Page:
At each sampling time, the pieces of chicken were transferred to a sterile tube containing 5 ml of sodium magnesium (SM) buffer solution or 0.85% NaCl. Then, the samples were shaken at ambient temperature for half an hour. In order to harvest, the suspensions after transfer were centrifuged at 5,000 g for 10 min at room temperature. For phage-treated samples, the supernatant was collected in another microcentrifuge tube to ascertain the number of phages. In case of only host control, the pellet was washed thrice and resuspended in an equal volume of 0.85% NaCl solution. The bacterial cells were measured on HEA or XLD agar by the spread plate method, and the phage number was measured by plaque assay as mentioned previously.

2.12 Statistical analysis

To test the thermal stability, the titer value difference taken between 0 and 60 min were estimated for individual temperature. Student's t-test was applied for comparing the difference in the titer value for individual temperature to 4°C. To evaluate the details of bactericidal activity, two-way ANOVA test was performed. To analyze the phage receptor on the host cells, student's t-test was performed. To perform all statistical analysis, software GraphPad Prism 7.0 was used.

3 Results and discussion

3.1 Isolation of bacteriophages

The water samples from River Ganga were collected from different regions in and around Kolkata, and Shigella-specific phages were determined by the methods as described in Section 2. Two phages named Sfin-2 and Sfin-6 were isolated from the waters of the River Ganga that could proliferate in various strains of clinically isolated MDR Shigella spp., and they formed clear plaques of size ranging from 1.3 to 1.9 mm in diameter with well-defined boundaries in the bacterial lawn after overnight incubation at 37°C (Figures 1A, D). The absence of more than one gene of specific phage proteins such as tail tape measure protein and large terminase subunit suggests the presence of a single type of phage in the sample.


Figure 1. Shigella spp.-specific phages Sfin-2 and Sfin-6. (A, D) Plaques of Sfin-2 and Sfin-6 in the lawn of Shigella spp. Ultra-purified phages were negatively stained and examined under electron microscope as described in Section 2. (B, C, E, F) The electronmicrograph broad view of the phages in 100 and 200 nm scales.

3.2 Phage morphology

The morphology of purified Sfin-2 and Sfin-6 phages were observed using transmission electron microscopy (TEM), which revealed that Sfin-2 and Sfin-6 phages had an isometric head (64.90 ± 2.04 nm and 62.42 ± 4.04 nm, respectively) and a non-contractile tail (145 ± 8.5 nm and 148.47 ± 14.5 nm, respectively) anchored with a basal tuft (Figures 1B, C, E, F). The mature phage lacks a neck, base plate, spikes, or fiber. The structure of the phages according to the guidelines of the International Committee on Taxonomy of Viruses (ICTV) suggested that both of them belong to the family Siphoviridae and grouped into Caudovirales (Fauquet and Fargette, 2005).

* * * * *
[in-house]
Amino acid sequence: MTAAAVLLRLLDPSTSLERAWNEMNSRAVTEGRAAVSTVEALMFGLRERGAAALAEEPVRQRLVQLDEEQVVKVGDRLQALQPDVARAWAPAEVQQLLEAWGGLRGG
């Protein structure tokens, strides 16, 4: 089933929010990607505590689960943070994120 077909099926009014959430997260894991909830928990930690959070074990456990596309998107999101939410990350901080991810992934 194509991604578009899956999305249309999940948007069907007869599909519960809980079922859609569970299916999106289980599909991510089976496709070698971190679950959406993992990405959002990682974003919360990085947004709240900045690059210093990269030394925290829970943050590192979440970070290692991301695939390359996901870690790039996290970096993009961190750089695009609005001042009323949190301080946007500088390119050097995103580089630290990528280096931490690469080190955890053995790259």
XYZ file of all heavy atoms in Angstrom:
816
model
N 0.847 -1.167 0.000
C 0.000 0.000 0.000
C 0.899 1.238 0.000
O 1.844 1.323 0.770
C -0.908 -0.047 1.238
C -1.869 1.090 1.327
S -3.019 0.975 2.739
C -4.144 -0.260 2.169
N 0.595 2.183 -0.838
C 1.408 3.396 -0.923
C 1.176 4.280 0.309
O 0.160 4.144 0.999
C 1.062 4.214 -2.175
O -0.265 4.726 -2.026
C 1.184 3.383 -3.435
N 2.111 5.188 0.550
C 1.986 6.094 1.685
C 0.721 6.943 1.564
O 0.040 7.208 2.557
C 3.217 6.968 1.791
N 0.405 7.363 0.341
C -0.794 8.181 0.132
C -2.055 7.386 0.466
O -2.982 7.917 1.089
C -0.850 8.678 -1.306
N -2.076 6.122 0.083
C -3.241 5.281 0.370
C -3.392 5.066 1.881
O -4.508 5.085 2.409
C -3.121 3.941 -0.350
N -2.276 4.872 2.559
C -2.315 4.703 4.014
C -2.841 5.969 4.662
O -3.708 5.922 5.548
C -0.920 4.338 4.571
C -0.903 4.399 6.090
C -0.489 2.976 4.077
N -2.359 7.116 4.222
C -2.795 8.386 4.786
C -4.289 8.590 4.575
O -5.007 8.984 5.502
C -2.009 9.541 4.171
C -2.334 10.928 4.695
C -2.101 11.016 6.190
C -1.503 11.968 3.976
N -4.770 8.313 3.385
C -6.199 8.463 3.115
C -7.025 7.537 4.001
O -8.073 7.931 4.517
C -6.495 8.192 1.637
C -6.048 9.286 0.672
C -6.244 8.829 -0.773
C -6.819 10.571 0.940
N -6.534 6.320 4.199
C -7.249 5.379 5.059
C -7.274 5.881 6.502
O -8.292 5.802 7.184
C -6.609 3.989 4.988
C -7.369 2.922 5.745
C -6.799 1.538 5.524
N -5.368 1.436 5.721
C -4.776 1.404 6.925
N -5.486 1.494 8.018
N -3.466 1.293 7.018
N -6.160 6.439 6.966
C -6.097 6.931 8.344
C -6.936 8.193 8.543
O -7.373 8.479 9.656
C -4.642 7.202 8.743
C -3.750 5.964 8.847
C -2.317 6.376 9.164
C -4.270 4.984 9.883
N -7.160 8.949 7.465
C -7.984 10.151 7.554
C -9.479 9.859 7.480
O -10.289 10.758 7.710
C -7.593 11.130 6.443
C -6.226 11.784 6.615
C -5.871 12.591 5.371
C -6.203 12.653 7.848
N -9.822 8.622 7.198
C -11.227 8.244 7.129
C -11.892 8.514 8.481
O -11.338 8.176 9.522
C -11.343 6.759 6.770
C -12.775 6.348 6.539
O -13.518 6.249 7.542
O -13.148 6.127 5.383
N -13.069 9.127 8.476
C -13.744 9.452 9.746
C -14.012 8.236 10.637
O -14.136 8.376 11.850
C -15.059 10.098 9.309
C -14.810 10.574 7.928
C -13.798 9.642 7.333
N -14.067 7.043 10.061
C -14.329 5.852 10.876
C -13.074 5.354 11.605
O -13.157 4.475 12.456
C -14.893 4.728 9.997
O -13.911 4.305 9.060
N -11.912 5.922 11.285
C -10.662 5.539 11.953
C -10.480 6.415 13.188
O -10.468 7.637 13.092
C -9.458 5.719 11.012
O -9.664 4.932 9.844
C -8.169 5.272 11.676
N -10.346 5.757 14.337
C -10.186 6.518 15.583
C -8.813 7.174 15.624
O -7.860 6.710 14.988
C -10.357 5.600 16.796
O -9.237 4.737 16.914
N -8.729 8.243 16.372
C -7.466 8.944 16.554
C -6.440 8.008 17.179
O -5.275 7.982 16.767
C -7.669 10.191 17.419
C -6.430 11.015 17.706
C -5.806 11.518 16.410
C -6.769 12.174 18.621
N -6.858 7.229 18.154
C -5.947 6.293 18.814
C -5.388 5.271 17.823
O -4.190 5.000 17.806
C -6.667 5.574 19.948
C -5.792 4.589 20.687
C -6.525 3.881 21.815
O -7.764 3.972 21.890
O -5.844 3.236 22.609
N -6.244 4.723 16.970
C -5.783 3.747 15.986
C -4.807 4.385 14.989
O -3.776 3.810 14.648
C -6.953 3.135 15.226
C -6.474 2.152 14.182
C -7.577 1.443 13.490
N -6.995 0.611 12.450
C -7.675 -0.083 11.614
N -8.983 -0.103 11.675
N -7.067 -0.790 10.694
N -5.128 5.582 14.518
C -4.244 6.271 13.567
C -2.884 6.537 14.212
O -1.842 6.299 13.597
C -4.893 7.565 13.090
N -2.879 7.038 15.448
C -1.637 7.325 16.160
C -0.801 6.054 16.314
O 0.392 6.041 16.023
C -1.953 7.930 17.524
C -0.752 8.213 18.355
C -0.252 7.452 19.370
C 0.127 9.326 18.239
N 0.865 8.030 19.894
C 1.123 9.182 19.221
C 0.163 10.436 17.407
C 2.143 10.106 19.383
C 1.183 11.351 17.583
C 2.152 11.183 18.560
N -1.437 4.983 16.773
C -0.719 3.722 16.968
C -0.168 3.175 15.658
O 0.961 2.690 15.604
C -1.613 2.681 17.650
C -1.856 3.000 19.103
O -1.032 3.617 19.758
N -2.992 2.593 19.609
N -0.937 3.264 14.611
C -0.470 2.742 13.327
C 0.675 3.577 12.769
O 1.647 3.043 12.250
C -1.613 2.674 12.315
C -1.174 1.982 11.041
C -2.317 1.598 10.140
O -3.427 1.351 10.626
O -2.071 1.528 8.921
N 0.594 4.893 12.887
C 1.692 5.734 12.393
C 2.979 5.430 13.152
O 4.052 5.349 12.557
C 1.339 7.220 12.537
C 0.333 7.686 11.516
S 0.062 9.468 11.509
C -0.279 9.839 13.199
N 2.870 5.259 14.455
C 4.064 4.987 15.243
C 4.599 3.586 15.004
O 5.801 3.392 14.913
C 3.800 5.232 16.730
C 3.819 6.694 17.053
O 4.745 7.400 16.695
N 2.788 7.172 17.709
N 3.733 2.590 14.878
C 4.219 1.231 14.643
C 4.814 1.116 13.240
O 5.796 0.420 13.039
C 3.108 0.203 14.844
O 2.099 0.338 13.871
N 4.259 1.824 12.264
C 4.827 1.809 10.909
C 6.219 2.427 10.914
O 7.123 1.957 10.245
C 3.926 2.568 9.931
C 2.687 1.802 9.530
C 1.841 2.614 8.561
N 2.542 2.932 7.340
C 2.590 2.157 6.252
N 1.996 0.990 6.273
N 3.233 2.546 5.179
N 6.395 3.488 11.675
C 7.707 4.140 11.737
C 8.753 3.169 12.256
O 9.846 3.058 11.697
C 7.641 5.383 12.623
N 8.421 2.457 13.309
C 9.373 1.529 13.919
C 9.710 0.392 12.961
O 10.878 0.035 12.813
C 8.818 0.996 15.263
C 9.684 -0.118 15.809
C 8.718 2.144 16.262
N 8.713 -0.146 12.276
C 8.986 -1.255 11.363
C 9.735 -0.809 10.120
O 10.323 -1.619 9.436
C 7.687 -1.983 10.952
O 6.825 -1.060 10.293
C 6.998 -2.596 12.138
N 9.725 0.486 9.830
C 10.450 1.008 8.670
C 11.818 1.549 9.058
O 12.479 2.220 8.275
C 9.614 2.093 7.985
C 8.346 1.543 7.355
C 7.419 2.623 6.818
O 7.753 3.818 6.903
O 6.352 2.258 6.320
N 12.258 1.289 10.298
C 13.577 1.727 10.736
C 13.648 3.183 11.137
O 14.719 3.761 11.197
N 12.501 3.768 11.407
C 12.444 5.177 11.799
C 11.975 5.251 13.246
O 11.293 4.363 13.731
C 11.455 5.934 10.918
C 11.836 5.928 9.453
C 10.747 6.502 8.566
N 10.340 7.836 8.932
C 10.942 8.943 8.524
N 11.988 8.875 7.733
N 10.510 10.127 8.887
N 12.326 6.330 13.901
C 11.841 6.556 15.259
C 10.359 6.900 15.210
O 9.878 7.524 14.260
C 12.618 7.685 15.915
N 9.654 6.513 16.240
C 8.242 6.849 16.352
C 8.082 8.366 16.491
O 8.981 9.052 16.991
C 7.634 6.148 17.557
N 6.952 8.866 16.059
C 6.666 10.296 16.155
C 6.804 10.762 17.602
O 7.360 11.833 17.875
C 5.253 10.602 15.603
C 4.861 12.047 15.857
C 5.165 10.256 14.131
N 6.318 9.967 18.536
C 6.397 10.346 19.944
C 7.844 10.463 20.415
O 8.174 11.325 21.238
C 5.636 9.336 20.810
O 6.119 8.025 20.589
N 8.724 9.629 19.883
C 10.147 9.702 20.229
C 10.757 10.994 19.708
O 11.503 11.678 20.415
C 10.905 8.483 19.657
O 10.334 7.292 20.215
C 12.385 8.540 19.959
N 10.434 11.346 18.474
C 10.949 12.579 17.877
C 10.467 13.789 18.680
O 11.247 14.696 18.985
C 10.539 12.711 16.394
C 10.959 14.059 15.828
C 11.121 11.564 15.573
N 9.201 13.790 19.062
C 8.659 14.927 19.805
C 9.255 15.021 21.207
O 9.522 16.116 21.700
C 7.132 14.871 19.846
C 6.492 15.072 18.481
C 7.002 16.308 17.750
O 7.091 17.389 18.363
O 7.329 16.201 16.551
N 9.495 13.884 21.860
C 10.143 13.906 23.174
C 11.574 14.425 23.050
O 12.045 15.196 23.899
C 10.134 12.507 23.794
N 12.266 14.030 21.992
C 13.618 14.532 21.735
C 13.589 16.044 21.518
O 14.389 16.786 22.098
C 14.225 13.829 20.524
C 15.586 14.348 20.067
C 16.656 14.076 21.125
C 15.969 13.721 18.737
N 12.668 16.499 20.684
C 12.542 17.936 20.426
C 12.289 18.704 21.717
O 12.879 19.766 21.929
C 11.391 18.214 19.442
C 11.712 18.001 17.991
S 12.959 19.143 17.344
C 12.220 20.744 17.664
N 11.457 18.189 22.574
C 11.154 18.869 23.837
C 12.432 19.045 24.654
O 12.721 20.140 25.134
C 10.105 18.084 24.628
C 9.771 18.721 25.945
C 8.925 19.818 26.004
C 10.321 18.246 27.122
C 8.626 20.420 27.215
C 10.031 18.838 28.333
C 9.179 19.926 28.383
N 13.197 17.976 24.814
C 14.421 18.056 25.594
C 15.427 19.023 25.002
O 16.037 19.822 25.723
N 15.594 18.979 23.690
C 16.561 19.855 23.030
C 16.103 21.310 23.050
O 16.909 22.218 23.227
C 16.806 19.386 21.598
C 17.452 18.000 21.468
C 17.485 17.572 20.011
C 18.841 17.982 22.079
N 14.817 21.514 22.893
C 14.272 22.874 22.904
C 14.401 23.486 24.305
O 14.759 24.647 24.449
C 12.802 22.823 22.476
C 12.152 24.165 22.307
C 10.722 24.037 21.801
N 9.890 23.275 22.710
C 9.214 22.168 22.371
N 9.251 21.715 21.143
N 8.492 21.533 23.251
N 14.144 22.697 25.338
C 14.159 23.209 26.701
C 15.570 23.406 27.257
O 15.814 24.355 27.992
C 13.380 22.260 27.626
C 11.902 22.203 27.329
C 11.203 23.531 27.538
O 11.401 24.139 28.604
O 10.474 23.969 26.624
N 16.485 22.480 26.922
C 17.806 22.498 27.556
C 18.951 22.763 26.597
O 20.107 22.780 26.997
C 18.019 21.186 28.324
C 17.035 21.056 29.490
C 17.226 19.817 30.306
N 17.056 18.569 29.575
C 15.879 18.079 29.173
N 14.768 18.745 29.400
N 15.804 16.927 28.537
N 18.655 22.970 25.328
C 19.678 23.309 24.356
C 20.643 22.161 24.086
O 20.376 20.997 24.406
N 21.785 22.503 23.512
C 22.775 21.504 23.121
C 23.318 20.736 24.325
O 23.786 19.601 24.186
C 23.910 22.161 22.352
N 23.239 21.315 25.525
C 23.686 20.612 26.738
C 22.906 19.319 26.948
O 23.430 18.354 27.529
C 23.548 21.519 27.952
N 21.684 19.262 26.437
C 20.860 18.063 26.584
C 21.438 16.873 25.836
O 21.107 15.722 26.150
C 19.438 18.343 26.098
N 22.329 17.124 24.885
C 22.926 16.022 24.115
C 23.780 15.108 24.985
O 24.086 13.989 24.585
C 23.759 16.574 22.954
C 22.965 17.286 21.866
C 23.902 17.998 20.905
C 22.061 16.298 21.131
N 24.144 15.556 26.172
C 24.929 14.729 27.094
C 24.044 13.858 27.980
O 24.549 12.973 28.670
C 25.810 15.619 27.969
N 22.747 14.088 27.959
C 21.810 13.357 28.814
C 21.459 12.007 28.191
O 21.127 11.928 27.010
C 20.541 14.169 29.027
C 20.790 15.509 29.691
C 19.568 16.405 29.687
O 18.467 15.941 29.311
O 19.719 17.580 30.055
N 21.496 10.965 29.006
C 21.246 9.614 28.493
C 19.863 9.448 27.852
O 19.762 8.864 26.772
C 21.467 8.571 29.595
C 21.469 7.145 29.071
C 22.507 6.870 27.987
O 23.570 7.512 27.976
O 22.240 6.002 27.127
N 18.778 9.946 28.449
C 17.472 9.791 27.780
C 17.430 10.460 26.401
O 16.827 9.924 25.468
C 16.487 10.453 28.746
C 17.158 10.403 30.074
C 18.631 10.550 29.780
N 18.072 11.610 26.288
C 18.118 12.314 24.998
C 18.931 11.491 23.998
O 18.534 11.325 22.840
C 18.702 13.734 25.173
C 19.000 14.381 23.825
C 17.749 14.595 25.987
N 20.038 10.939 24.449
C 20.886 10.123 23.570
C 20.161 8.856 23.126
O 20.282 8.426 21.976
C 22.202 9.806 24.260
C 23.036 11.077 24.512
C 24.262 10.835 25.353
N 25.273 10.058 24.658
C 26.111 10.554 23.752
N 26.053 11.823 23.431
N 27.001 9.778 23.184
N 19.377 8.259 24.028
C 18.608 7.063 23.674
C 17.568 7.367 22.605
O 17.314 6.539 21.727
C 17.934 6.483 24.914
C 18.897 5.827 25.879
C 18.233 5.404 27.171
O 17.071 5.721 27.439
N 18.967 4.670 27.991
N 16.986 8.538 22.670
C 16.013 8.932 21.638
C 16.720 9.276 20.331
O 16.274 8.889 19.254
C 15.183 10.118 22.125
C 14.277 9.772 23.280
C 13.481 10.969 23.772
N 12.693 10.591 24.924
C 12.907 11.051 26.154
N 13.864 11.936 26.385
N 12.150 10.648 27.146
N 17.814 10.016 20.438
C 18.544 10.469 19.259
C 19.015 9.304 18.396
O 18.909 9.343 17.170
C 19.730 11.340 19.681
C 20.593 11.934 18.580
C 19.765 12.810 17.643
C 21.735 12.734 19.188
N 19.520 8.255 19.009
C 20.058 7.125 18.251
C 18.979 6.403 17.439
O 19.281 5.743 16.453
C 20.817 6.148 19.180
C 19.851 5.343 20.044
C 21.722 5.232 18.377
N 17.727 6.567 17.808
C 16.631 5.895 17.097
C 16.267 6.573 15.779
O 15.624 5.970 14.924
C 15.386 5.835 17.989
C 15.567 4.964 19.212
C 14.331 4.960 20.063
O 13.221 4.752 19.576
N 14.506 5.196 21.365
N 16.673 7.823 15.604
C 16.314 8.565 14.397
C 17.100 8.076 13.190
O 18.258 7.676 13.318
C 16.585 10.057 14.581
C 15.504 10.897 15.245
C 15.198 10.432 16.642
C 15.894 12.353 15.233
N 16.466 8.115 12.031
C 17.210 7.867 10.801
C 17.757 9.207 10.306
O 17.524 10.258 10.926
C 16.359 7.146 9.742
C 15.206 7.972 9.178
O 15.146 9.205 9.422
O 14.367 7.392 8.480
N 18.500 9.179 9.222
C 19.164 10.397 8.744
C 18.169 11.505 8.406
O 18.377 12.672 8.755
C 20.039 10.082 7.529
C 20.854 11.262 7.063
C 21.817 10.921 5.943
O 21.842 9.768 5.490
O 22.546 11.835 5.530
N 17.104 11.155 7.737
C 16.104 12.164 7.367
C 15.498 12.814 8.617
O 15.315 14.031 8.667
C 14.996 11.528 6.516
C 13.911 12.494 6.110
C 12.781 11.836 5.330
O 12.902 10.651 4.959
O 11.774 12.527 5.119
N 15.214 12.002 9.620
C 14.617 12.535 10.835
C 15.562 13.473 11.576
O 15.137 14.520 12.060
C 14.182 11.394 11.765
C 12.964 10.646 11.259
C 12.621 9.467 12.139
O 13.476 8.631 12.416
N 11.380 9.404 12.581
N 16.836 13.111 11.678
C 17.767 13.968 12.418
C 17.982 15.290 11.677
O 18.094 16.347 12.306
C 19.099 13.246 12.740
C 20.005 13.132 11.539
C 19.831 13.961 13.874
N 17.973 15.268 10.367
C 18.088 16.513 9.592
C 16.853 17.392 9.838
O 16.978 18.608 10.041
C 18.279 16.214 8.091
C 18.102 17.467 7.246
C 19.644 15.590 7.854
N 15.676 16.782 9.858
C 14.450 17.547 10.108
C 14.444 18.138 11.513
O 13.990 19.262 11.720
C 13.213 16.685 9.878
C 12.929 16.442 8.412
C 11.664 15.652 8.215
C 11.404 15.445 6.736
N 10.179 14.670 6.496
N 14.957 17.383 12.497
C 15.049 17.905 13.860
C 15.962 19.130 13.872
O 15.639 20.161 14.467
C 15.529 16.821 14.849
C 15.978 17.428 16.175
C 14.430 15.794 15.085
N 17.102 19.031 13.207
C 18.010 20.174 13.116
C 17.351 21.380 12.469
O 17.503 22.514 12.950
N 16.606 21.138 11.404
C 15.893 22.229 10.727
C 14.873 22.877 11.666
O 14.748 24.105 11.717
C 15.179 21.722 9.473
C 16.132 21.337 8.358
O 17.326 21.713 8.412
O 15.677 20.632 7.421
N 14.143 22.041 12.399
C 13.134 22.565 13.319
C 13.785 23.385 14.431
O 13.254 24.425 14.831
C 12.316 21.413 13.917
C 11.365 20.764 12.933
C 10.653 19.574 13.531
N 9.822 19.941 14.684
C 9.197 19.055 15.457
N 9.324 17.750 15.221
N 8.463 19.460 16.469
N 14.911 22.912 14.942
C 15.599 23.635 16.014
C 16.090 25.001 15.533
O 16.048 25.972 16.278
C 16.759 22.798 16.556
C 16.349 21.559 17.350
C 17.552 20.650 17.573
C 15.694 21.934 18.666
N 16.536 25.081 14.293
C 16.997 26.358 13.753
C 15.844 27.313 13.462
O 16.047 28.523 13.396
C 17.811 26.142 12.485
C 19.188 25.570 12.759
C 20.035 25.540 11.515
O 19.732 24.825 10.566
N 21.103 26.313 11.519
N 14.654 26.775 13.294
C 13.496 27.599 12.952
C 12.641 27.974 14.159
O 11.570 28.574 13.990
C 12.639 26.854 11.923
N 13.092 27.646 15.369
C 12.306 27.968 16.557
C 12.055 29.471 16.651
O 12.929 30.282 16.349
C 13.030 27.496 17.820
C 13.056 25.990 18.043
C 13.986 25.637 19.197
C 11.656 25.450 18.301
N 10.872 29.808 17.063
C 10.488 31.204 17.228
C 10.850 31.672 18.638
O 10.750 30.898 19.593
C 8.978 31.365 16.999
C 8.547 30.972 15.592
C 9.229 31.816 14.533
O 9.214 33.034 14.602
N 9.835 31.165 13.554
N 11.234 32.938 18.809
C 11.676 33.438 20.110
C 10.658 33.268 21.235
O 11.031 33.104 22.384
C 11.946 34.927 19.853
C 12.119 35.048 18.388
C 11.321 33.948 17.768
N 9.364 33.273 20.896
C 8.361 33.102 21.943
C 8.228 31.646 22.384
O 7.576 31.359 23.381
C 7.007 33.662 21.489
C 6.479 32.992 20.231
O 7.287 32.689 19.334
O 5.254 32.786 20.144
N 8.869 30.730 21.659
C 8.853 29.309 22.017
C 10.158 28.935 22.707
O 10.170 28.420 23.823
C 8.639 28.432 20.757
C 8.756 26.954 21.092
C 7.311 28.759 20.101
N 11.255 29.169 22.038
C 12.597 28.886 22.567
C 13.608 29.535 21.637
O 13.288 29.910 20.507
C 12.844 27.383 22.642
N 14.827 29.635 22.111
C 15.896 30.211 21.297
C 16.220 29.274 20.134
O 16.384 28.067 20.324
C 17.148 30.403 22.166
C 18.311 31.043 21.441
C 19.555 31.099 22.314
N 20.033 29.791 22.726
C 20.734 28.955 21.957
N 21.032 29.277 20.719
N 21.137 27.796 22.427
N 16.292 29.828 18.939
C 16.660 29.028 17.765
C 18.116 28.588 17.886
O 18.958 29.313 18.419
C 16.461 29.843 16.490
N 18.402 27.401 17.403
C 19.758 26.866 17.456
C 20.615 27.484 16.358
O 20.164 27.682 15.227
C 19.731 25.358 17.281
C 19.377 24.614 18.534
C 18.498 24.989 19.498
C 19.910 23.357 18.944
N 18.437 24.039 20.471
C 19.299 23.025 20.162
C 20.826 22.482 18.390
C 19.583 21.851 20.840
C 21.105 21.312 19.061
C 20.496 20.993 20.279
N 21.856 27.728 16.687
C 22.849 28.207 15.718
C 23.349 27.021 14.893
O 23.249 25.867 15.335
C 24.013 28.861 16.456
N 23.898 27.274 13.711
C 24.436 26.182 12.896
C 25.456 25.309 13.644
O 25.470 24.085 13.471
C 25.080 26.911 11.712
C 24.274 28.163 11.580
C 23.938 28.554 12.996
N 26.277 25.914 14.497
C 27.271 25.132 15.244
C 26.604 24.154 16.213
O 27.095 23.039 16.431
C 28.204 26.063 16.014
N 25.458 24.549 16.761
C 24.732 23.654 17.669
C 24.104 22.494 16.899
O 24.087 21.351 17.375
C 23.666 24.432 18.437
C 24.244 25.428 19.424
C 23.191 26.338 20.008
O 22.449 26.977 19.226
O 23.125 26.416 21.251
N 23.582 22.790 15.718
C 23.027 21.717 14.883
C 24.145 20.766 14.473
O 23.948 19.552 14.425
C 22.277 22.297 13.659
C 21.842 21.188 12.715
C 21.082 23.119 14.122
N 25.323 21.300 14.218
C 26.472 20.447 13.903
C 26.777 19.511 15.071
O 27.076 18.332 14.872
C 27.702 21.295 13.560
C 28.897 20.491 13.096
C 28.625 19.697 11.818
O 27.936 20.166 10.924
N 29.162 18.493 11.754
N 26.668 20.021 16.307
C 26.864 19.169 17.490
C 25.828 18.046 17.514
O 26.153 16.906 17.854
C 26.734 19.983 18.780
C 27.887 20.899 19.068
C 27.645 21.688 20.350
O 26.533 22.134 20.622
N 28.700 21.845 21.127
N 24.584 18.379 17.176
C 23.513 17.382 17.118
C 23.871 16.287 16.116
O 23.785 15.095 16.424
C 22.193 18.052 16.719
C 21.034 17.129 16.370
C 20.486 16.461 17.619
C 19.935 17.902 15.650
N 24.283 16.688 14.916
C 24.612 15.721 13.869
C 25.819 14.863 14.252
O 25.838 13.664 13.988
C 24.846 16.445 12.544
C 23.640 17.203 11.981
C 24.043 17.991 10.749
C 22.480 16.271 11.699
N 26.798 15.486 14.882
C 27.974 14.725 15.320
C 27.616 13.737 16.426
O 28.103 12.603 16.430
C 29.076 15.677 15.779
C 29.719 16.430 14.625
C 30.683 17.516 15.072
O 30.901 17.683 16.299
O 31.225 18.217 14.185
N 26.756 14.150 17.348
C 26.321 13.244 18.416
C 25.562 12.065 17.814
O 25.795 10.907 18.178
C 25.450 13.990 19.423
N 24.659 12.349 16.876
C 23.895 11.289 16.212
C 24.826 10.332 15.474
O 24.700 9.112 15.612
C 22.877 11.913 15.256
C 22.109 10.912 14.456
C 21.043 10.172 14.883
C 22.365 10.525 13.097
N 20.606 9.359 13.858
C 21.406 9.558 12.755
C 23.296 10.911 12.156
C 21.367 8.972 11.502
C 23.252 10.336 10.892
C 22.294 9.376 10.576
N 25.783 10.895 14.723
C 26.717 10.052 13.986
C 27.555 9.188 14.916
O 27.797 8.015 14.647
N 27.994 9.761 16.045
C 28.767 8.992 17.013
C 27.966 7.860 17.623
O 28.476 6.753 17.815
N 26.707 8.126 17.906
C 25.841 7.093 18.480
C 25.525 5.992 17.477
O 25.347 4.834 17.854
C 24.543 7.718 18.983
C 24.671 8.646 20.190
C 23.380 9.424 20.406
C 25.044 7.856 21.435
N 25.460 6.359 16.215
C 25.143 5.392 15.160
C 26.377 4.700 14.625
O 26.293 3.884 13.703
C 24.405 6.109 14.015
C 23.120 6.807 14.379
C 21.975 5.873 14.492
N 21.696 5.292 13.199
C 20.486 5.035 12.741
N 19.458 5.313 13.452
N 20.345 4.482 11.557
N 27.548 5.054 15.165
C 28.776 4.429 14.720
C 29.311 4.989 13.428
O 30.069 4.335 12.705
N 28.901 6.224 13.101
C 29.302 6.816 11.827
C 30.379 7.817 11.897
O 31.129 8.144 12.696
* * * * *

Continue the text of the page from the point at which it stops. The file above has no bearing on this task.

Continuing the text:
The vast majority (over 95%) of the reported phages belong to the order Caudovirales, which are tailed phages. According to the Ackermann (1998), ~60% of the phages are classified under the family Siphoviridae, which have flexible and long tails.

3.3 Phage host range

Lytic spectrum of Sfin-2 and Sfin-6 phages were determined by spot test of pure phages on the lawn of different clinically isolated S. flexneri, S. dysenteriae, S. boydii, and S. sonnei with other enteropathogens such as Salmonella typhi and various E. coli strains, including XL1 Blue, AG100, K12, and E. coli C. The Shigella strains used in this study were resistant to various antibiotics such as amoxicillin, tetracycline, chloramphenicol, norfloxacin, ciprofloxacin, nalidixic acid, ofloxacin, cotrimoxazole, and azithromycin, which are frequently used for therapeutic purposes (Amezquita-Lopez et al., 2014) (Table 1). Spot tests revealed that both the phage suspensions, Sfin-2 and Sfin-6, produced clear zones of inhibition against various serotypes of S. flexneri, S. dysenteriae, and S. sonnei but did not show activity against other bacterial species. This phenomenon clearly indicated that phages are polyvalent in nature.

While phages are usually very much specific, infecting only one species of bacteria, there has been a report of some polyvalent phages (Hamdi et al., 2017; Ahamed et al., 2019). The ability to lyse multiple Shigella strains highlighted that these phages could be explored for phage therapies against shigellosis. The wide host range of both the phages determined that the CDSs that encode host specific protein and tail component would be valuable. The main mode of transmission of Shigella spp. to humans is through the fecal-oral route; hence, the isolation of Sfin-2 and Sfin-6 phages indicated fecal contamination of the river.